In other media

Animated television series

The Batman/Superman Hour

The Scarecrow's first appearance outside the comics was the 1968 Filmation series The Batman/Superman Hour, in an episode titled "The Great Scarecrow Scare". This series' portrayal of the character was tamer than others; he didn't use fear-based attacks, and merely wanted to rob the farmers' market. The first Filmation logo. ... The Batman/Superman Hour was a Filmation animated series that was broadcast on CBS from 1968–1969. ...


Super Friends

In the 1978 animated series Challenge of the SuperFriends, the Scarecrow appears as a member of Lex Luthor's Legion of Doom. In this series, he is voiced by Don Messick. This version speaks in a hissing voice, has no powers at all and is used mainly when the plot calls for an incompetent villain[citation needed]. An animated series or cartoon series is a television series produced by means of animation. ... Challenge Of The Super Friends is an American animated television series about a team of superheroes which ran from 1978 to 1979. ... Lex Luthor (Alexander Luthor) is a fictional DC Comics supervillain and is the primary antagonist of the Superman franchise. ... This article is about the supervillain group. ... Donald Don Messick (September 7, 1926 – October 24, 1997) was a voice actor, one of the most prolific voice actors of the second half of the 20th century. ... Look up plot in Wiktionary, the free dictionary. ...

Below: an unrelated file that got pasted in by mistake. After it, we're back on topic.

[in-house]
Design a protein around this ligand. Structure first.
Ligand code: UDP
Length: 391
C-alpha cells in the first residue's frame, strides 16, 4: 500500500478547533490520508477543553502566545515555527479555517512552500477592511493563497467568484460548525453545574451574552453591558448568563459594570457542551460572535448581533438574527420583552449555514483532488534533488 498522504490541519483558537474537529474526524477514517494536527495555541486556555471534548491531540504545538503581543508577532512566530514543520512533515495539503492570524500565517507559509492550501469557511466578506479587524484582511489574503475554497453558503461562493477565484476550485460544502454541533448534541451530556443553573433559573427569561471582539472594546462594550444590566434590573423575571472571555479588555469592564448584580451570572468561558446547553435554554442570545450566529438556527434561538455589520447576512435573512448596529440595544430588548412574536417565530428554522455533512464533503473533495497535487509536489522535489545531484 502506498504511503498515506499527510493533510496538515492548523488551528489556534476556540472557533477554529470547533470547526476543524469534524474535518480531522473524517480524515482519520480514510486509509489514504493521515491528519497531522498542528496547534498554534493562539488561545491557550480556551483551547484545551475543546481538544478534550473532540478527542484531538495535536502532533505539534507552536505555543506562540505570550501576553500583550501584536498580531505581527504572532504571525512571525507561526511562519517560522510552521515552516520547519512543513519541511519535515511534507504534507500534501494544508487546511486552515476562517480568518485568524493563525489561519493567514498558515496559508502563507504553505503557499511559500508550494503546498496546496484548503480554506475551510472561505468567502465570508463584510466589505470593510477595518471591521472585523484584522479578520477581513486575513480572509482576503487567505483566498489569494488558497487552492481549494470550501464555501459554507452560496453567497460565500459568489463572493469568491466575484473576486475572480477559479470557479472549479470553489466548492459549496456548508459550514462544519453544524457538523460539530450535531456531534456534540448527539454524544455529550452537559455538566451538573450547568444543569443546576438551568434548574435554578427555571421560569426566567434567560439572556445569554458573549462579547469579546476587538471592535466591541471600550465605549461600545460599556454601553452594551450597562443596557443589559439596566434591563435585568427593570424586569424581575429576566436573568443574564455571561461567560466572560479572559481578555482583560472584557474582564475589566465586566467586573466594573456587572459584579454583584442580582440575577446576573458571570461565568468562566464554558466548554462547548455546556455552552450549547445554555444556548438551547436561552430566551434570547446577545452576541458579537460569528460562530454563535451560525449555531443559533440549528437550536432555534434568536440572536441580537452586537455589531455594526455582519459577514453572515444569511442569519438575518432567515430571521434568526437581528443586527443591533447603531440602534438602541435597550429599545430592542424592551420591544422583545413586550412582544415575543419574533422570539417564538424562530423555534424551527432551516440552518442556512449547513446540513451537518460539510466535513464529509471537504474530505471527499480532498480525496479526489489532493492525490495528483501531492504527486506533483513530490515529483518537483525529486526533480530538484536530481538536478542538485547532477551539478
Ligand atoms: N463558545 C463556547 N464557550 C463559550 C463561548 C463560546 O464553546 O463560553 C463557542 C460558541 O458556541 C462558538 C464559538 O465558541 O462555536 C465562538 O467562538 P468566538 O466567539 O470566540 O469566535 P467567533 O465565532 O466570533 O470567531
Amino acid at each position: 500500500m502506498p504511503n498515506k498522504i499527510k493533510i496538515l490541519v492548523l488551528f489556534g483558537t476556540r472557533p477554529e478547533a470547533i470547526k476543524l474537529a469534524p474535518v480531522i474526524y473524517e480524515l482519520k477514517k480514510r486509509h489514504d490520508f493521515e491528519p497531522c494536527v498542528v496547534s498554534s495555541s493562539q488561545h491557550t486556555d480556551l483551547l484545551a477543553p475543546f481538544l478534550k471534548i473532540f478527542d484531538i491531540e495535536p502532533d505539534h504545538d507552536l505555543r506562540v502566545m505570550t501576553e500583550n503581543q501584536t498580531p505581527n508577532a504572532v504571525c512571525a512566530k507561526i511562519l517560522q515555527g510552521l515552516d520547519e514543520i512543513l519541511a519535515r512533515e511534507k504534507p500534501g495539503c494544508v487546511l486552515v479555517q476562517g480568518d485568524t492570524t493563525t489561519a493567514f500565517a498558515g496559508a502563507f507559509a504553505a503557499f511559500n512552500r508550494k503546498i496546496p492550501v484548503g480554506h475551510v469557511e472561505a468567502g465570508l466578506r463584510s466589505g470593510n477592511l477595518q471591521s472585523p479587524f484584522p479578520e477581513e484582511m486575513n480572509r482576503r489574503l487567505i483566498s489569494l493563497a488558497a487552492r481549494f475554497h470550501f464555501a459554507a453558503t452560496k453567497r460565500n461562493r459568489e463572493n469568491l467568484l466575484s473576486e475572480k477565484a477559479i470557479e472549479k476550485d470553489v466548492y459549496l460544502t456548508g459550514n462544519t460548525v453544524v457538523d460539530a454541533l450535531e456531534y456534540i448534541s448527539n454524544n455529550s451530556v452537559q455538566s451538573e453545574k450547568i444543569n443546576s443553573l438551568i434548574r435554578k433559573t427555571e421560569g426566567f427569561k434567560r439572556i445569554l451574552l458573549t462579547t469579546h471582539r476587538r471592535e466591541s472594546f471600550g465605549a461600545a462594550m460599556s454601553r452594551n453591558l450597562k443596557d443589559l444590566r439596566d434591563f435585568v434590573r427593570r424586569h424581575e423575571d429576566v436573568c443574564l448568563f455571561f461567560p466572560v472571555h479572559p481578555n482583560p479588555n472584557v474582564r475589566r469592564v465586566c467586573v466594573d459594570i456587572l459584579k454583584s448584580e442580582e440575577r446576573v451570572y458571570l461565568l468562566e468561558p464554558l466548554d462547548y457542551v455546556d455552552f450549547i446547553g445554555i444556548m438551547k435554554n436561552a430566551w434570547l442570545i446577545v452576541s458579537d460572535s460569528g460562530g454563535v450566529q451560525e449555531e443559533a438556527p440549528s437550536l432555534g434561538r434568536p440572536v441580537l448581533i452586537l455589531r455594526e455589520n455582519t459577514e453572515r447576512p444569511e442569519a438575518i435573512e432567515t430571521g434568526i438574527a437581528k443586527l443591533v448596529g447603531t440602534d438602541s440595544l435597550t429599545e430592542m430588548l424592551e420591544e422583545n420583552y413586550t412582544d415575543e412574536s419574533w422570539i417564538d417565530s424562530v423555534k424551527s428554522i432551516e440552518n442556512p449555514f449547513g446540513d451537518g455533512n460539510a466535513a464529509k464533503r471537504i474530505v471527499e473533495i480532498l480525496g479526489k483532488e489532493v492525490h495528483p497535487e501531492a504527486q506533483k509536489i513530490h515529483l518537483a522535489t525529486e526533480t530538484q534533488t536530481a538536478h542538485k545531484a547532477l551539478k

The character's identity and motivation are expanded upon and the character finally became three-dimensional, using his fear-inducing devices for the first time in an episode of The Super Powers Team: Galactic Guardians titled "The Fear". That episode also reveals Batman's origin for the first time in a medium other than the comics[citation needed]. Andre Stojka voiced the Scarecrow in that episode.


Batman: The Animated Series

The Scarecrow is a villain in Batman: the Animated Series. He has appeared in 5 major roles, as well as having 4 small cameo appearances. He is well-known for having variable character designs, changing drastically from time to time. Image File history File links Question_book-3. ... The animated Batman shoots his grappling gun from a rooftop in a scene from the episode, On Leather Wings. ...